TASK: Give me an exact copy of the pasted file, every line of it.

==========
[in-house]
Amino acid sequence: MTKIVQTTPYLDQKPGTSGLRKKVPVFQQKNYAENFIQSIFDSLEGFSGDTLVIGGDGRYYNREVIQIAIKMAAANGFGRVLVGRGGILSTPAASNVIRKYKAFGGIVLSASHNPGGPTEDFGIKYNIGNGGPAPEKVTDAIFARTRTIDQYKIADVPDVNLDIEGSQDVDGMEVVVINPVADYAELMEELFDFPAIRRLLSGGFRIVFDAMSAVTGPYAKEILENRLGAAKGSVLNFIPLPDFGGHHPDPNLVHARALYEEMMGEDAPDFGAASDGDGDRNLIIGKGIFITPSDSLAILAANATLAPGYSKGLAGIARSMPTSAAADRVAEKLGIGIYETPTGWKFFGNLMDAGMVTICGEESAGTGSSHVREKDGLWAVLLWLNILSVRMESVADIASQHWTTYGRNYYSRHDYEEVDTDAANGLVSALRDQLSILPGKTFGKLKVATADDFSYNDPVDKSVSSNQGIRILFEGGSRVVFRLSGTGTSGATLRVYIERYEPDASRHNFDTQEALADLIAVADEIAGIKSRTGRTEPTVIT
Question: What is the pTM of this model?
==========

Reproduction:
[in-house]
Amino acid sequence: MTKIVQTTPYLDQKPGTSGLRKKVPVFQQKNYAENFIQSIFDSLEGFSGDTLVIGGDGRYYNREVIQIAIKMAAANGFGRVLVGRGGILSTPAASNVIRKYKAFGGIVLSASHNPGGPTEDFGIKYNIGNGGPAPEKVTDAIFARTRTIDQYKIADVPDVNLDIEGSQDVDGMEVVVINPVADYAELMEELFDFPAIRRLLSGGFRIVFDAMSAVTGPYAKEILENRLGAAKGSVLNFIPLPDFGGHHPDPNLVHARALYEEMMGEDAPDFGAASDGDGDRNLIIGKGIFITPSDSLAILAANATLAPGYSKGLAGIARSMPTSAAADRVAEKLGIGIYETPTGWKFFGNLMDAGMVTICGEESAGTGSSHVREKDGLWAVLLWLNILSVRMESVADIASQHWTTYGRNYYSRHDYEEVDTDAANGLVSALRDQLSILPGKTFGKLKVATADDFSYNDPVDKSVSSNQGIRILFEGGSRVVFRLSGTGTSGATLRVYIERYEPDASRHNFDTQEALADLIAVADEIAGIKSRTGRTEPTVIT
Question: What is the pTM of this model?